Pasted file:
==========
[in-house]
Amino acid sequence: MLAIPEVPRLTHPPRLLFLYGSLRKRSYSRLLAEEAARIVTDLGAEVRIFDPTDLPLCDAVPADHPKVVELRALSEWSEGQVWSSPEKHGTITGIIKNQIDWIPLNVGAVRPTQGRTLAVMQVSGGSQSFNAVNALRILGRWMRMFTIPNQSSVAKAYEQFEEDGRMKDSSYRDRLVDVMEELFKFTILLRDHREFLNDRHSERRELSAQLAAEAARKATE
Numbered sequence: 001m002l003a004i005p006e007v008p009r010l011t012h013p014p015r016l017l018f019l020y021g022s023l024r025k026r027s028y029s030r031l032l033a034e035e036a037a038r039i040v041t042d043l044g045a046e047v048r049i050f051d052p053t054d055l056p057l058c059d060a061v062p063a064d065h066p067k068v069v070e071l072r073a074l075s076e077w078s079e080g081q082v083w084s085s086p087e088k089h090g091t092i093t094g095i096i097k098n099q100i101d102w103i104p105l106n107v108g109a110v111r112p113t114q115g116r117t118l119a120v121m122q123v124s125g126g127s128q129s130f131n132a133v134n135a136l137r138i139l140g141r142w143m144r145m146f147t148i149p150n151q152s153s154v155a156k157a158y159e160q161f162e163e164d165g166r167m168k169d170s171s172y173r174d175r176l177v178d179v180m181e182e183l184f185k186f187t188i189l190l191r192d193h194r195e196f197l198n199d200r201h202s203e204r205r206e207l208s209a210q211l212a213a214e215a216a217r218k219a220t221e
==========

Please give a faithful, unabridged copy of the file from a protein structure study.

[in-house]
Amino acid sequence: MLAIPEVPRLTHPPRLLFLYGSLRKRSYSRLLAEEAARIVTDLGAEVRIFDPTDLPLCDAVPADHPKVVELRALSEWSEGQVWSSPEKHGTITGIIKNQIDWIPLNVGAVRPTQGRTLAVMQVSGGSQSFNAVNALRILGRWMRMFTIPNQSSVAKAYEQFEEDGRMKDSSYRDRLVDVMEELFKFTILLRDHREFLNDRHSERRELSAQLAAEAARKATE
Numbered sequence: 001m002l003a004i005p006e007v008p009r010l011t012h013p014p015r016l017l018f019l020y021g022s023l024r025k026r027s028y029s030r031l032l033a034e035e036a037a038r039i040v041t042d043l044g045a046e047v048r049i050f051d052p053t054d055l056p057l058c059d060a061v062p063a064d065h066p067k068v069v070e071l072r073a074l075s076e077w078s079e080g081q082v083w084s085s086p087e088k089h090g091t092i093t094g095i096i097k098n099q100i101d102w103i104p105l106n107v108g109a110v111r112p113t114q115g116r117t118l119a120v121m122q123v124s125g126g127s128q129s130f131n132a133v134n135a136l137r138i139l140g141r142w143m144r145m146f147t148i149p150n151q152s153s154v155a156k157a158y159e160q161f162e163e164d165g166r167m168k169d170s171s172y173r174d175r176l177v178d179v180m181e182e183l184f185k186f187t188i189l190l191r192d193h194r195e196f197l198n199d200r201h202s203e204r205r206e207l208s209a210q211l212a213a214e215a216a217r218k219a220t221e